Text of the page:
With my experience in the area, and the Ball State brand, we felt we had a really good chance of building a program by recruiting this region.

Guys like Sean Sellers (the MAC Freshman of the Year for 2014–15) and Jeremie Tyler both won Indiana state championships in high school. There’s no question that it helps to have that type of player, when you’re trying to build a program. The sign of a really good player isn’t how many points he scores; it’s how many games he helps his team win. That translates to any level.

AW How did you first meet Sean Miller? What did you learn from him while coaching at different spots?

JW: I met Sean around 1993, when he was in his first coaching job at Wisconsin. (Miller was a grad assistant at Wisconsin in ‘92–93.) I was a student manager for the team.

He was the reason I went to Miami (Ohio) as a grad assistant; he’d encouraged me to come help out. So, I’ve known him since I was 20 years old. Working with him really shaped me as a coach. I’d had experience, but never in a true “system”, which had a way of doing everything a certain way, from A-Z. I learned a tremendous amount from him.

AW: What was the foundation you wanted to create at Ball State?

JW: It was really two things we had to get up and running. An internal culture — and that can be a general term in basketball, but for our eyes, the way I describe it, it’s A: I wanted a blue-collar work ethic and a commitment to become great at your craft. You’re competing for something speical. If you’re in our program, you have to be truly committed to becoming great. That extends to how you eat, how you treat your body, how much you sleep, how much time you spend in the gym. Complete commitment — how pros live. That’s how we want to approach the game.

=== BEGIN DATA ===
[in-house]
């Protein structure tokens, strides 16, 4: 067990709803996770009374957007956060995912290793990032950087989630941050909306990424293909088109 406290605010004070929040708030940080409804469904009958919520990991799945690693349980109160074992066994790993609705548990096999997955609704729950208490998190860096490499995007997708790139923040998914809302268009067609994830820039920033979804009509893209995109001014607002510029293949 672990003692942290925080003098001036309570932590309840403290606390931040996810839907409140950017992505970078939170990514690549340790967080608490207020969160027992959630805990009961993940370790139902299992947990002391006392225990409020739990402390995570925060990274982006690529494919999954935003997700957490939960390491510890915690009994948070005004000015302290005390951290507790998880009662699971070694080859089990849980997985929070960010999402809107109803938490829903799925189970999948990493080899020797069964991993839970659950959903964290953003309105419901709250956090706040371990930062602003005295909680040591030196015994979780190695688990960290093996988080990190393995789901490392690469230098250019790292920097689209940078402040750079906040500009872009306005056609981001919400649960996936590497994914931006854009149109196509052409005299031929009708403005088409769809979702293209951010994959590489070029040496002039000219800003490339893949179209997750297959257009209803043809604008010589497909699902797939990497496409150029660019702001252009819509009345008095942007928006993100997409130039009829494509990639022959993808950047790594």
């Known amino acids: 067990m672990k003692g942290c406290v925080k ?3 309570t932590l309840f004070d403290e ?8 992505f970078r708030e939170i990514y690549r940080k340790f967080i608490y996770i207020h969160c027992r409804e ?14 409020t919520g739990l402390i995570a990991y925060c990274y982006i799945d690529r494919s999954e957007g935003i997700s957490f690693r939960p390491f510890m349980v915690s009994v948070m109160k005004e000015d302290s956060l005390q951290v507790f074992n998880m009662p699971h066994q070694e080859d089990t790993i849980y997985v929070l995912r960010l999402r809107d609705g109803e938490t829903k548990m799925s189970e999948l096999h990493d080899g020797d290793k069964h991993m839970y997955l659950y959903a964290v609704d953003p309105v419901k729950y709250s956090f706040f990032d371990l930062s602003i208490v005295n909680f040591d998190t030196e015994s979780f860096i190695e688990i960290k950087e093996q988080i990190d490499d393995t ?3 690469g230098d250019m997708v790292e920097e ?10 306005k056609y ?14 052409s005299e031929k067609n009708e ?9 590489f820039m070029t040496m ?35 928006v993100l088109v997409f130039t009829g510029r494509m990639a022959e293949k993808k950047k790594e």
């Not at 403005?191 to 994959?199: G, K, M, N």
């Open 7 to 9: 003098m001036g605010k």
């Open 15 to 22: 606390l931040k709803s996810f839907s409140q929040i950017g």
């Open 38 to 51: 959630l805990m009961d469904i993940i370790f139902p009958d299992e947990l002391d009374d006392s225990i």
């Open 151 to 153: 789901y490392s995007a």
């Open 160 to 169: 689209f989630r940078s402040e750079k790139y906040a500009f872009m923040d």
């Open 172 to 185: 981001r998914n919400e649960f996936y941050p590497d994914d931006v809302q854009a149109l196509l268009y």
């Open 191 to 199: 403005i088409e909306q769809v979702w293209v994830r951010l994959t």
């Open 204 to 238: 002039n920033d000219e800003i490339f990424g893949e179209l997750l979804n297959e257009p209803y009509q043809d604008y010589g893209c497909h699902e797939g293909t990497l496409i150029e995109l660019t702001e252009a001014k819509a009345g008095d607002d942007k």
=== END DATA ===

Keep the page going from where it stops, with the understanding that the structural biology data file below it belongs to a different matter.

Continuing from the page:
The other part, is we had to get the talent level up and running. That means the right talent level, plus the right type of player. We made a bigger step last year than the win-loss column showed. It was an unusual year with injuries, suspensions, academics, and distractions. I felt that, without some of those, we’d have made greater progress.

Nonetheless, we’ve made a more significant jump in Year 3, and for the first time, we have depth of talent across the board. We have three seniors, but Jeremiah Davis could be eligible for a sixth year, since he’s missed parts of three different seasons to injury. We won’t learn the NCAA’s decision until the end of the year.

AW: You’re entering your third season as a head coach. What are some of the lessons you’ve learned so far?

JW: One of them — and this is true with every assistant who becomes a head coach — is finding my own edge, for what’s important to me. I’m running this program like Sean (Miller) is running UA, but I’m not Sean Miller.

I had to find my own groove, as to the way I want to do this. Being the captain of the ship for the first time. Through trial and error, I’m more comfortable now.